addition the government produces a public good g from inputs y g purchased from the
competitive sector by
g ≤ F (y g );
(2.10)
we assume that F is increasing and differentially strongly concave.
Equilibrium in this unit-tax economy is given by
−x + y c − y m − y g ≥ 0,
(2.11)
−x∗0 (q0 , q, m) + y0u ≥ 0,
(2.12)
pu0
(2.13)
− P0u (p, t0 , t, m)
= 0,
and
F (y g ) − g ≥ 0.
(2.14)
(2.11) is market clearing for the competitively produced commodities, (2.12) is market
clearing for the monopoly good, and (2.13) ensures that the monopolist is profit maximizing
whereas (2.14) requires the public-good producing firm to buy enough inputs to produce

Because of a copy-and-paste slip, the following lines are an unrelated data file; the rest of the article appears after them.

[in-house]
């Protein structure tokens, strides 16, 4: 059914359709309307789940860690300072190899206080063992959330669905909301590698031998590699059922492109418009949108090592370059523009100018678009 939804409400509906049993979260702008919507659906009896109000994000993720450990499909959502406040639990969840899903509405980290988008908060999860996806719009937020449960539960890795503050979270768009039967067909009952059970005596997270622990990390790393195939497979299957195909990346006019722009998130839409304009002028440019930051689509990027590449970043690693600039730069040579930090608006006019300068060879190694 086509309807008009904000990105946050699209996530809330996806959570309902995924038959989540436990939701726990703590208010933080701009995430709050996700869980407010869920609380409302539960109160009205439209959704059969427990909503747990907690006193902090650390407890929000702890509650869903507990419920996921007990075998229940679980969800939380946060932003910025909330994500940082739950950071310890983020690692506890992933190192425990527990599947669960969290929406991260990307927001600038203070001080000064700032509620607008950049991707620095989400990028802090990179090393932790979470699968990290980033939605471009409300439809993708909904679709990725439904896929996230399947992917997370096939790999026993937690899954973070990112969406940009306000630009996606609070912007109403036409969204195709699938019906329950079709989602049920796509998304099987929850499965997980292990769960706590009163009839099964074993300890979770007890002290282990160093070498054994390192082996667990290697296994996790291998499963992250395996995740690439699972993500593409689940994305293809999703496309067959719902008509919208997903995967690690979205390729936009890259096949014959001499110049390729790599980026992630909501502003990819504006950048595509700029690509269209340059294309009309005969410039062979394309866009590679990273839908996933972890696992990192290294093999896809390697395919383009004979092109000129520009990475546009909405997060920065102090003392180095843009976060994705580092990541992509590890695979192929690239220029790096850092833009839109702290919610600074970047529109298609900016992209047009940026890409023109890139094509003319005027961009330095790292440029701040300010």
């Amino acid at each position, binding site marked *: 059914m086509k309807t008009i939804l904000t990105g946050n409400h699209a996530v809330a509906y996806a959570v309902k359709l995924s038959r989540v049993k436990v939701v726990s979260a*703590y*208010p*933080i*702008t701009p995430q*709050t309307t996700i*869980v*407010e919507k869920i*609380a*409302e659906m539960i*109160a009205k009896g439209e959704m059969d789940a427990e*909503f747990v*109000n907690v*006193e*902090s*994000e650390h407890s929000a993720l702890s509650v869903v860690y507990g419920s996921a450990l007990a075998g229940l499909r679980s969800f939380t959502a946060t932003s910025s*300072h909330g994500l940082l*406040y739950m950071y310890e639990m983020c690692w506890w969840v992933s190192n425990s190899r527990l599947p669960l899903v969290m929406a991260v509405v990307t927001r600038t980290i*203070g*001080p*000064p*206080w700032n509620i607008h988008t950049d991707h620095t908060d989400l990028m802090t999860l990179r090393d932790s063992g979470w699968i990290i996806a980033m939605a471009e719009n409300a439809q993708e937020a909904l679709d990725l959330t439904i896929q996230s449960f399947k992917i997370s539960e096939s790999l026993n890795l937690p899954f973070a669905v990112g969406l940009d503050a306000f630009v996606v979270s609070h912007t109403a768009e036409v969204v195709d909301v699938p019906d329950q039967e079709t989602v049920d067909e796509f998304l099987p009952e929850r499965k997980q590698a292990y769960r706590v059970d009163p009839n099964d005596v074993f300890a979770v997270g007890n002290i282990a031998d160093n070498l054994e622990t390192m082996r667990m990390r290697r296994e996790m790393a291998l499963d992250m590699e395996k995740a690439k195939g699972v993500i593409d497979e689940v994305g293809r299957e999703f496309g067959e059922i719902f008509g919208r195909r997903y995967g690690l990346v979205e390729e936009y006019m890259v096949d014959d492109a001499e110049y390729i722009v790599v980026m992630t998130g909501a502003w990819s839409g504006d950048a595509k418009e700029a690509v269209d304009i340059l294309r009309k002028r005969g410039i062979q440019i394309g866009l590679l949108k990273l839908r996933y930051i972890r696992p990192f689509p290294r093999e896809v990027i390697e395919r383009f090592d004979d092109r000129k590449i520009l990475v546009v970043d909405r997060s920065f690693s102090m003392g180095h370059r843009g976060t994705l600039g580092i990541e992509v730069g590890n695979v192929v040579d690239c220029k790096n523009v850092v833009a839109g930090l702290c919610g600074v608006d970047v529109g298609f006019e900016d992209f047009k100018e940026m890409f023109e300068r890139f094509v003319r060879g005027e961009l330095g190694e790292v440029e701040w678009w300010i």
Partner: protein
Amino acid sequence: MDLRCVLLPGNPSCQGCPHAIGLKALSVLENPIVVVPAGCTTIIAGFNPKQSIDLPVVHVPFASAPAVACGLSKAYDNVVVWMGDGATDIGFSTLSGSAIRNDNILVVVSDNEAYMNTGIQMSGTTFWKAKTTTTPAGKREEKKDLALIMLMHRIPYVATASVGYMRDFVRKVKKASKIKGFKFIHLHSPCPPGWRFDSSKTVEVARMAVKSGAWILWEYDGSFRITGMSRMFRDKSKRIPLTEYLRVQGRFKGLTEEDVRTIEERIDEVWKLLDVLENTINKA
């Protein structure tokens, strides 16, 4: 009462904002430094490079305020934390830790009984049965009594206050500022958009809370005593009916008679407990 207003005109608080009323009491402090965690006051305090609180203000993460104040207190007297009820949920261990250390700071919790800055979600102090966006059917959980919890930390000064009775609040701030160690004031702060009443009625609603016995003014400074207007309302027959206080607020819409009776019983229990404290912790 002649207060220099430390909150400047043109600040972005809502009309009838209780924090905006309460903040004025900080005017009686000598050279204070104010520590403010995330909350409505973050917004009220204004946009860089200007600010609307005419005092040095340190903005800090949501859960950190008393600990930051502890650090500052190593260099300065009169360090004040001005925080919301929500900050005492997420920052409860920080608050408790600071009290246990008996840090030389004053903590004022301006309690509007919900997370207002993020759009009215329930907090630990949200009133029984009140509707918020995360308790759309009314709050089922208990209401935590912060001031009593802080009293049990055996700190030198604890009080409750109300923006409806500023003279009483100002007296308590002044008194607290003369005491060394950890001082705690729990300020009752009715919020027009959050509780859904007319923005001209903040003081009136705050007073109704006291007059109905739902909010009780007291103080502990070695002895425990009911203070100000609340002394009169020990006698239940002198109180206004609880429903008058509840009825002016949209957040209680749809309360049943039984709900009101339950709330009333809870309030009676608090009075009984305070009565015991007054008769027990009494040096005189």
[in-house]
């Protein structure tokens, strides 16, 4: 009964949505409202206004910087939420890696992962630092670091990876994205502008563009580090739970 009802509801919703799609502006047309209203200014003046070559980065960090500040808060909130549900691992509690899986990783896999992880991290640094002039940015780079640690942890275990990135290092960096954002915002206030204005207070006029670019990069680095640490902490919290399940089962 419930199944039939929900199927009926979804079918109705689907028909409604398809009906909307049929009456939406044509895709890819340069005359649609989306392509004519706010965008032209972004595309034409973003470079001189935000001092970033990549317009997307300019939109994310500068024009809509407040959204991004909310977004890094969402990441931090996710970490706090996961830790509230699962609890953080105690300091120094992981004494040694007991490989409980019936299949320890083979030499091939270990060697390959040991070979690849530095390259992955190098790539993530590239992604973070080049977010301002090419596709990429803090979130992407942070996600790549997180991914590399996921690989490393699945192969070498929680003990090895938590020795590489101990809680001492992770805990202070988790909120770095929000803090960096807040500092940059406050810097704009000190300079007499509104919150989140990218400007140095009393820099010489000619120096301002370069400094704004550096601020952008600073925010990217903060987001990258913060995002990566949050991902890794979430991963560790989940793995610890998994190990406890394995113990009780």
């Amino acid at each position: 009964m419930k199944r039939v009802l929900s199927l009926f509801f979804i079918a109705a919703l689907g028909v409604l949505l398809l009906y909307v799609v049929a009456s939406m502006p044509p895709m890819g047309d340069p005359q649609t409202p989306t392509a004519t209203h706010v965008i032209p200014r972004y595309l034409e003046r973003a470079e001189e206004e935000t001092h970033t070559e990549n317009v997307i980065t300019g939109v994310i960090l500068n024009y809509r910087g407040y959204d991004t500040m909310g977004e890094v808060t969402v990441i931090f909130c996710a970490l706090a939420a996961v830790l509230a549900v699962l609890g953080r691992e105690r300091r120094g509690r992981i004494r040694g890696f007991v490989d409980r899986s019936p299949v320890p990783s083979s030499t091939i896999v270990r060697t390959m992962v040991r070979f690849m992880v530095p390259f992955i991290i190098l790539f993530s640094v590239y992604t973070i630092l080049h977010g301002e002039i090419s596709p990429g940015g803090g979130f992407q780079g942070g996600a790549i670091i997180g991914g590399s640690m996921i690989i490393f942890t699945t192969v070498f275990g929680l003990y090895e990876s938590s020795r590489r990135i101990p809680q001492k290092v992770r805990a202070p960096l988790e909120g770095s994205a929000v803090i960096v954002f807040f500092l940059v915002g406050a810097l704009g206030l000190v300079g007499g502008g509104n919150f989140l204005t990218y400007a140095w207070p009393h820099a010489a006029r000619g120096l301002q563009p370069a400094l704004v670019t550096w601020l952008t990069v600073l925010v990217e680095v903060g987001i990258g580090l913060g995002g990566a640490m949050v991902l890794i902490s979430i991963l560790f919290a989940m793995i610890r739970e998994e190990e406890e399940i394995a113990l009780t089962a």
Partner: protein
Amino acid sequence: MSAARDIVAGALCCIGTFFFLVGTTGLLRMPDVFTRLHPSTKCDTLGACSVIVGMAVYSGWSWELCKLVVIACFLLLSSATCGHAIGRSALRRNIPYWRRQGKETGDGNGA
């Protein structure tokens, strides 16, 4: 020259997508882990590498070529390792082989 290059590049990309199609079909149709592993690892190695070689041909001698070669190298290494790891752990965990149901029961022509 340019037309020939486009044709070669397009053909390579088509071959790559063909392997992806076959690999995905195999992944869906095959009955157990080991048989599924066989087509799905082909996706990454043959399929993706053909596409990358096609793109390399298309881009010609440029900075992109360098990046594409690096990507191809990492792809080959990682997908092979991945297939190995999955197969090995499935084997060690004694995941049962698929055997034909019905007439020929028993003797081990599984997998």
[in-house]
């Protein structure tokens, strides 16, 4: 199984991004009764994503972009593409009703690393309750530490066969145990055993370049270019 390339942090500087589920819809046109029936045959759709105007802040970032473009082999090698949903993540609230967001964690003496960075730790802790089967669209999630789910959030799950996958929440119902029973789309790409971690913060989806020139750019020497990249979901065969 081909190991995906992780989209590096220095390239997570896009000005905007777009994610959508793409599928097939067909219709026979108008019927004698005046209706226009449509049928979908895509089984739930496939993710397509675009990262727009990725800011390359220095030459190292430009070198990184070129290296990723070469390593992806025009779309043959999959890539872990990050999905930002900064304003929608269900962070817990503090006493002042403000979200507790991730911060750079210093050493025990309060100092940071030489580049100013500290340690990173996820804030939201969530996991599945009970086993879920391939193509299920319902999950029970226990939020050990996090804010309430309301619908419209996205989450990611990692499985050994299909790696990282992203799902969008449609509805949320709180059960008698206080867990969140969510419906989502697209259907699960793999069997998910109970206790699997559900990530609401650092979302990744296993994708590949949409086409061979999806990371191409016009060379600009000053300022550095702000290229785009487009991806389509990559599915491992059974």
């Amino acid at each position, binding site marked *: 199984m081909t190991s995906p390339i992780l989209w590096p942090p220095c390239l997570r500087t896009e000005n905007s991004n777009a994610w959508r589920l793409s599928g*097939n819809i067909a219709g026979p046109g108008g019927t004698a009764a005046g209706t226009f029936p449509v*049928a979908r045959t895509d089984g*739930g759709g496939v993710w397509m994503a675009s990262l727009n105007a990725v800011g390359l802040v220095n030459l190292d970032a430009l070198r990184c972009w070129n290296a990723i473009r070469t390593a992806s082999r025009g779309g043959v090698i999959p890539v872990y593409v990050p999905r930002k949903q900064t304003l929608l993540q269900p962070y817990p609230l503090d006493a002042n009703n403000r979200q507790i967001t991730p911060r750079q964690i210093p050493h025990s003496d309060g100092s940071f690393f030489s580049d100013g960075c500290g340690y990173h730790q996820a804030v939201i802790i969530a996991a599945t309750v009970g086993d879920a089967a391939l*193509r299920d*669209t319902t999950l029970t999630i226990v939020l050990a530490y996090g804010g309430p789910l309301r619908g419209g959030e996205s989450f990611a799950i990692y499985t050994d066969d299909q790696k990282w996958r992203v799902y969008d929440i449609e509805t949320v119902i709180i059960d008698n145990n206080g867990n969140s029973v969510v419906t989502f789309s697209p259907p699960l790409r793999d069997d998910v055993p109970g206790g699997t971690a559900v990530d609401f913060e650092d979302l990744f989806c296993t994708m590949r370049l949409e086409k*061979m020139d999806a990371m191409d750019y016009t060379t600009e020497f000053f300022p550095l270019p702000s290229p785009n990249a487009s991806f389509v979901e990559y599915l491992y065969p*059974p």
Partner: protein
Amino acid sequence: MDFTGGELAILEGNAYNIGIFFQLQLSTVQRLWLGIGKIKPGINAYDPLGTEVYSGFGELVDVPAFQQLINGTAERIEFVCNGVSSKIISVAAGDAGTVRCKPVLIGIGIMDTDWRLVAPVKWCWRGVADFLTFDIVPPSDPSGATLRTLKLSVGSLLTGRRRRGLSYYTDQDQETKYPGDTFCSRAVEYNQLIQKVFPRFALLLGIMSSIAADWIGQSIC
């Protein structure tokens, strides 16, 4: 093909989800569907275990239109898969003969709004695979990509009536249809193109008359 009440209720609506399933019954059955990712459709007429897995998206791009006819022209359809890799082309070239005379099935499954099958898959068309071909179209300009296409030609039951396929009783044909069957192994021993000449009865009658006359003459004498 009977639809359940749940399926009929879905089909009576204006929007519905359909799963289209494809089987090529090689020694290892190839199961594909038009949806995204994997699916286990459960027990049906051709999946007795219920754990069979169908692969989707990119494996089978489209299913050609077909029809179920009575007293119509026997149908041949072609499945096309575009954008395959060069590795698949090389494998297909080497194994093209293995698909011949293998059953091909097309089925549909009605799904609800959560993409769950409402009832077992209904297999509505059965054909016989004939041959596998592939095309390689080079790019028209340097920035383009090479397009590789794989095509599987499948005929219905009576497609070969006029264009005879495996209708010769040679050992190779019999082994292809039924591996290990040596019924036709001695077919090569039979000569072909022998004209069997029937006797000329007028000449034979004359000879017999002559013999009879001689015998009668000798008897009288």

the fixed amount of the public good.
Given that the indirect utility functions are increasing in income, the budget constraints of all the consumers are binding at their optimal bundles. In addition, if the
equilibrium conditions hold as equalities then from Walras Law it follows that the demogrant is
1 mu u
u
T
c
T g
Π (p0 , p, y0 ) + t x + t0 y0 + Π (p) − p y .
(2.15)
m=
H
8
See Avriel, Diewert, Schaible, and Zang [1988]. The assumption of a single competitive firm is
without loss of generality; see Bliss [1975].
9 In fact our regularity assumptions already guaranty this to be true almost everywhere.
4
Unit Versus Ad Valorem Taxes: GE.Monopoly.100 % Profit Tax
This is because aggregating over consumer budgets and using the equilibrium conditions,
(2.11) and (2.12), we obtain
Hm = q0 x∗0 + q T x
≤ (pu0 + t0 )y0u + (p + t)T [y c − y m − y g ]
= pu0 y0u − pT y m + pT y c + tT [y c − y m − y g ] − pT y g
(2.16)
= Πmu (pu0 , p, y0u ) + tT [y c − y m − y g ] + t0 y0 + Πc (p) − pT y g .
Thus, at an equilibrium where (2.11) and (2.12) hold as equalities, the government budget
just balances, i.e., the revenue of the government from indirect and profit taxation, net of